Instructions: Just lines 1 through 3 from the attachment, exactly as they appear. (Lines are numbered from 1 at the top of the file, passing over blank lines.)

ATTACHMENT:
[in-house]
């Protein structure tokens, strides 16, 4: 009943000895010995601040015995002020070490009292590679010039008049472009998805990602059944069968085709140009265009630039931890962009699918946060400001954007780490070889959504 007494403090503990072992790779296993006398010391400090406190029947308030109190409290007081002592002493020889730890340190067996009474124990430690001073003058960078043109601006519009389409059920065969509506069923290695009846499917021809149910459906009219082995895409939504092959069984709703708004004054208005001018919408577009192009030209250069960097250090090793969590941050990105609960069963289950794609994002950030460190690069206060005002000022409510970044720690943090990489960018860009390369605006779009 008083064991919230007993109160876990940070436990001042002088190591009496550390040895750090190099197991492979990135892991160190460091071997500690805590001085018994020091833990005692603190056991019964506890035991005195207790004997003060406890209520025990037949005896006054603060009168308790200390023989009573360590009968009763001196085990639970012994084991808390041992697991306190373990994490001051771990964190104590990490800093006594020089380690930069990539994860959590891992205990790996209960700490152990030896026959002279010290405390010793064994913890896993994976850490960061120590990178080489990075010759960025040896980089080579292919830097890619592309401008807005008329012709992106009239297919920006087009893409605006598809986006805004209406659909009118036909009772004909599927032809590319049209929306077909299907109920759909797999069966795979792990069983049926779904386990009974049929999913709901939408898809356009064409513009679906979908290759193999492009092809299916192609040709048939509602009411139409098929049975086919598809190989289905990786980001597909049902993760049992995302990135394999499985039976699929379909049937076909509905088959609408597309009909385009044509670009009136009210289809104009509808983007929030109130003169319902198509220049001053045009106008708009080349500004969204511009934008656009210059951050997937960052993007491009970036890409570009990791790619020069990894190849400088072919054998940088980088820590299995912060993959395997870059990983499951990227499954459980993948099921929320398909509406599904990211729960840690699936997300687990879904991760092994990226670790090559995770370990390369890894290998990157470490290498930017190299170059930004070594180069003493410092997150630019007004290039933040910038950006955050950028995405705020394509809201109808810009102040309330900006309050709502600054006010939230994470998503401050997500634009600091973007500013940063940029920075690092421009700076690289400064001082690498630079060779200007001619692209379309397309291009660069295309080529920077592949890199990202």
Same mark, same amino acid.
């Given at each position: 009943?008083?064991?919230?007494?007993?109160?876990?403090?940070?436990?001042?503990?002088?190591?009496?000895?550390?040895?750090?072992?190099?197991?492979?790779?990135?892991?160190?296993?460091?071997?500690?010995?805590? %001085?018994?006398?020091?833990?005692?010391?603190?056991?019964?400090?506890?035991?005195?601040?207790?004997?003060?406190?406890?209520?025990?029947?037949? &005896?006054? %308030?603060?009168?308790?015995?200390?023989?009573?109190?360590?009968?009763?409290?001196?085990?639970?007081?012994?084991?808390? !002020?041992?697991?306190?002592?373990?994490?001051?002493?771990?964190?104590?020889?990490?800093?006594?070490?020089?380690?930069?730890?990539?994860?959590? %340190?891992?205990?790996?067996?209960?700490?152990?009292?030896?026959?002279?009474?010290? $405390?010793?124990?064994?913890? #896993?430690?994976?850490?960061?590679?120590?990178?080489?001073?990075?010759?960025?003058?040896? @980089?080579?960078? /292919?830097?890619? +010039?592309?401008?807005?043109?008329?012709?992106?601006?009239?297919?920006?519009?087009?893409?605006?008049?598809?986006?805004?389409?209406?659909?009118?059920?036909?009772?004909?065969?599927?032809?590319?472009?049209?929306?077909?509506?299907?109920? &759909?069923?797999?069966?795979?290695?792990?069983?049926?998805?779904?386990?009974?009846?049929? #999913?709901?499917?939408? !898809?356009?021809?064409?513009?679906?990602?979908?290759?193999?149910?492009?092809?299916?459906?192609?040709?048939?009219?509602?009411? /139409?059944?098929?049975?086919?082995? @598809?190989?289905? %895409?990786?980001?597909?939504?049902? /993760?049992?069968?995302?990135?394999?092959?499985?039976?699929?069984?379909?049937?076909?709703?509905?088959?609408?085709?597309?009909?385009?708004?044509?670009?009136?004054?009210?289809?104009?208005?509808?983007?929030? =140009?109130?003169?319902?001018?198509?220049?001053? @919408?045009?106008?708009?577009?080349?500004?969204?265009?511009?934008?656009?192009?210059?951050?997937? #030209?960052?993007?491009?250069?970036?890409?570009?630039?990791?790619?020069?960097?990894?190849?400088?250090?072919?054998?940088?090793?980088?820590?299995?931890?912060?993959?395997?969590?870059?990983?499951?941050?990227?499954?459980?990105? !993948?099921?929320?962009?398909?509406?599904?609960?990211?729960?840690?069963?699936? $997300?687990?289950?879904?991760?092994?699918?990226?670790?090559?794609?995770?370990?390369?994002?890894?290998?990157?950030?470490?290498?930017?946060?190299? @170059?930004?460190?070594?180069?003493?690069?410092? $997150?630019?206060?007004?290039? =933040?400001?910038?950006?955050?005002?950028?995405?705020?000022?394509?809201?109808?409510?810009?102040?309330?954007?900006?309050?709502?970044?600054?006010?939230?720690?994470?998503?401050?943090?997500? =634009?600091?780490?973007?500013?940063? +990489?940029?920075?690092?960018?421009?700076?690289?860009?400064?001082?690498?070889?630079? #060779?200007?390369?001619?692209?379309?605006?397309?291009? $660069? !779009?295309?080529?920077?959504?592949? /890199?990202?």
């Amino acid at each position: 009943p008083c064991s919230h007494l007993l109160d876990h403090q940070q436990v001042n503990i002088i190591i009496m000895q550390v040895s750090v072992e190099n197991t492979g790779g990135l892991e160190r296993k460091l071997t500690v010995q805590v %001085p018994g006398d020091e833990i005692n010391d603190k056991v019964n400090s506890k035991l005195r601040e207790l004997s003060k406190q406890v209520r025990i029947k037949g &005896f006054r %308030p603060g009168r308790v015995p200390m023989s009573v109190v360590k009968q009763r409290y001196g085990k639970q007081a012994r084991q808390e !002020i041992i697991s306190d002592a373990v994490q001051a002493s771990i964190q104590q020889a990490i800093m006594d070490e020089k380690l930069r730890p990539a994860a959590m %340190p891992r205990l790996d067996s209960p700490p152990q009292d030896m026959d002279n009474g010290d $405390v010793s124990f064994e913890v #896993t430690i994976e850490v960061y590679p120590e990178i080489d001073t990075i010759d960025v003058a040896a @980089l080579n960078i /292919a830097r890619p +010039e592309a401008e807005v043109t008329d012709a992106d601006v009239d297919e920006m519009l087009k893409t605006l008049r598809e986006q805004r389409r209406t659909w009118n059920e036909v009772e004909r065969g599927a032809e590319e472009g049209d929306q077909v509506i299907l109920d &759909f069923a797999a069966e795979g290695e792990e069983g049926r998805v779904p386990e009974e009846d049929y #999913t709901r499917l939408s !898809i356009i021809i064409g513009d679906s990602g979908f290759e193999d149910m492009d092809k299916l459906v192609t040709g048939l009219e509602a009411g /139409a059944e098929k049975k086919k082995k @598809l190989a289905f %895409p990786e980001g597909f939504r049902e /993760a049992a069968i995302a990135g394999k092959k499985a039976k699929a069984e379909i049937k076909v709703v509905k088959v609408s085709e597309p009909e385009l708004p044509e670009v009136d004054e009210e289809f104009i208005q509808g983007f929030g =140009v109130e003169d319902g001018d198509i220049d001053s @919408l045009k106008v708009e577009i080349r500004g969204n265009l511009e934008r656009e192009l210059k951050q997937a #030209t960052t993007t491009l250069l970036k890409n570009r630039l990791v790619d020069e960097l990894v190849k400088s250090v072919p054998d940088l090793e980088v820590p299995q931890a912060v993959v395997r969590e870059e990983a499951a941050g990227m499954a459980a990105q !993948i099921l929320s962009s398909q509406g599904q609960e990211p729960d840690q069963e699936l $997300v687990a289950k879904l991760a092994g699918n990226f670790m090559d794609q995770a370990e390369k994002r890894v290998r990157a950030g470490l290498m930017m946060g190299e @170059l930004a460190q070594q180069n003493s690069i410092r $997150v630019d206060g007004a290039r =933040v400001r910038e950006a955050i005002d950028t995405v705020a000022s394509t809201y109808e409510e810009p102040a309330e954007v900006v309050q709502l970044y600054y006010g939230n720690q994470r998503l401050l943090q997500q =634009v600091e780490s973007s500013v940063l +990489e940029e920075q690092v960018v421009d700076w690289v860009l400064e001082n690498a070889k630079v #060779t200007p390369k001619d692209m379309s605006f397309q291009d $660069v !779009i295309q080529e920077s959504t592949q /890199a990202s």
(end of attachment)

[in-house]
């Protein structure tokens, strides 16, 4: 009943000895010995601040015995002020070490009292590679010039008049472009998805990602059944069968085709140009265009630039931890962009699918946060400001954007780490070889959504 007494403090503990072992790779296993006398010391400090406190029947308030109190409290007081002592002493020889730890340190067996009474124990430690001073003058960078043109601006519009389409059920065969509506069923290695009846499917021809149910459906009219082995895409939504092959069984709703708004004054208005001018919408577009192009030209250069960097250090090793969590941050990105609960069963289950794609994002950030460190690069206060005002000022409510970044720690943090990489960018860009390369605006779009 008083064991919230007993109160876990940070436990001042002088190591009496550390040895750090190099197991492979990135892991160190460091071997500690805590001085018994020091833990005692603190056991019964506890035991005195207790004997003060406890209520025990037949005896006054603060009168308790200390023989009573360590009968009763001196085990639970012994084991808390041992697991306190373990994490001051771990964190104590990490800093006594020089380690930069990539994860959590891992205990790996209960700490152990030896026959002279010290405390010793064994913890896993994976850490960061120590990178080489990075010759960025040896980089080579292919830097890619592309401008807005008329012709992106009239297919920006087009893409605006598809986006805004209406659909009118036909009772004909599927032809590319049209929306077909299907109920759909797999069966795979792990069983049926779904386990009974049929999913709901939408898809356009064409513009679906979908290759193999492009092809299916192609040709048939509602009411139409098929049975086919598809190989289905990786980001597909049902993760049992995302990135394999499985039976699929379909049937076909509905088959609408597309009909385009044509670009009136009210289809104009509808983007929030109130003169319902198509220049001053045009106008708009080349500004969204511009934008656009210059951050997937960052993007491009970036890409570009990791790619020069990894190849400088072919054998940088980088820590299995912060993959395997870059990983499951990227499954459980993948099921929320398909509406599904990211729960840690699936997300687990879904991760092994990226670790090559995770370990390369890894290998990157470490290498930017190299170059930004070594180069003493410092997150630019007004290039933040910038950006955050950028995405705020394509809201109808810009102040309330900006309050709502600054006010939230994470998503401050997500634009600091973007500013940063940029920075690092421009700076690289400064001082690498630079060779200007001619692209379309397309291009660069295309080529920077592949890199990202």
Same mark, same amino acid.